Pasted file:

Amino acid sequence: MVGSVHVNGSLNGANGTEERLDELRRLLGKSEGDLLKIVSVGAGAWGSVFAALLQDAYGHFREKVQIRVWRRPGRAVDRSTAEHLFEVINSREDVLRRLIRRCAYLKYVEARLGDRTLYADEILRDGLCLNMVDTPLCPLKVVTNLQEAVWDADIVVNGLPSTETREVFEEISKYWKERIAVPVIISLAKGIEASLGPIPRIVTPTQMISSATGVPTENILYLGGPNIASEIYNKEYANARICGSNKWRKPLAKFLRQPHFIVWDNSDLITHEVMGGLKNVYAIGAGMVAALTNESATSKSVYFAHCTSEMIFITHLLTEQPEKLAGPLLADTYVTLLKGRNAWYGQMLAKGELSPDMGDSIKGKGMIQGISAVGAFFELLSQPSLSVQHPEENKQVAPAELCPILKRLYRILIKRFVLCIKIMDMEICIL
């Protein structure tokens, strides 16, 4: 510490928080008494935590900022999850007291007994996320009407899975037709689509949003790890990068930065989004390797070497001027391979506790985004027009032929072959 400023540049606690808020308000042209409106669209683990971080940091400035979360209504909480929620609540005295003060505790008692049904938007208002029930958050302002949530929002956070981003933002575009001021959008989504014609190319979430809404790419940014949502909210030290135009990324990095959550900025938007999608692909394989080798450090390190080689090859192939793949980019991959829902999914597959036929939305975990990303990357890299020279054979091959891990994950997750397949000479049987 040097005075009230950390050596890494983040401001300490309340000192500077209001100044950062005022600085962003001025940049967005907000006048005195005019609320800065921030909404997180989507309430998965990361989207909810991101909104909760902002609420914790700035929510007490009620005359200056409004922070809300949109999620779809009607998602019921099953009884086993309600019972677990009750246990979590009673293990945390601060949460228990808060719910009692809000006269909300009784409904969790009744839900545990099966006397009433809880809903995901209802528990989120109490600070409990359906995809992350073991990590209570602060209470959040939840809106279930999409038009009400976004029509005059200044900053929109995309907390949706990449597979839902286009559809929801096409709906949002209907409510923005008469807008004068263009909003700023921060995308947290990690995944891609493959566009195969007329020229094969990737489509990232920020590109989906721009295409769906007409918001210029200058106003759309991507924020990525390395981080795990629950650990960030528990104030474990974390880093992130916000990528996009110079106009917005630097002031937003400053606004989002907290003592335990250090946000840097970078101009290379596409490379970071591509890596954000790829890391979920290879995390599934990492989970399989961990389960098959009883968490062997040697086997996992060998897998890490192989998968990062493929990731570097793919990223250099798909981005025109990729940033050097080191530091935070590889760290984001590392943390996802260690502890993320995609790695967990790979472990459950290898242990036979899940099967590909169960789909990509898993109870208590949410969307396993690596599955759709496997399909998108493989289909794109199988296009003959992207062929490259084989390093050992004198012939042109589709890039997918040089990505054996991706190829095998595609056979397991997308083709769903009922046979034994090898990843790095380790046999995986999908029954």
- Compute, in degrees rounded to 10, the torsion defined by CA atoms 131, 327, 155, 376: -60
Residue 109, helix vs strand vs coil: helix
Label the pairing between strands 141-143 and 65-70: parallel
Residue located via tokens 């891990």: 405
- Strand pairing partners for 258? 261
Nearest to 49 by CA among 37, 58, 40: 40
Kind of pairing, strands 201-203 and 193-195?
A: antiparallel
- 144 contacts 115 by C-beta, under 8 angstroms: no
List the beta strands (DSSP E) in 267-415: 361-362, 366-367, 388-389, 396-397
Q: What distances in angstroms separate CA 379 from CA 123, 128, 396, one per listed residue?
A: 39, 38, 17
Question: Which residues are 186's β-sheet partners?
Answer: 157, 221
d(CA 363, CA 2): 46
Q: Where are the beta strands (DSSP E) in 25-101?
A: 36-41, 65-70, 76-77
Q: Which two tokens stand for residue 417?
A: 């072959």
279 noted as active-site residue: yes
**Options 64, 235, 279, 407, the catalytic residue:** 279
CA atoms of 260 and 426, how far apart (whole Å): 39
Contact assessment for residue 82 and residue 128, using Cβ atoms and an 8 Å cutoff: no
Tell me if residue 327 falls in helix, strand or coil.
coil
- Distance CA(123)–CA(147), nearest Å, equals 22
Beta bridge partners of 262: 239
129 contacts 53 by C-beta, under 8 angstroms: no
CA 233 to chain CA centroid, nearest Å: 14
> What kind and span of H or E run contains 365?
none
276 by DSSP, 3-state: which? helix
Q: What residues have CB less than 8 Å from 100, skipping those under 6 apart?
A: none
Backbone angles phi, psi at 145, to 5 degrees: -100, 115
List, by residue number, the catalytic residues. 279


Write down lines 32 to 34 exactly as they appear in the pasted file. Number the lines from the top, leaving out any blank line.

> What kind and span of H or E run contains 365?
none
276 by DSSP, 3-state: which? helix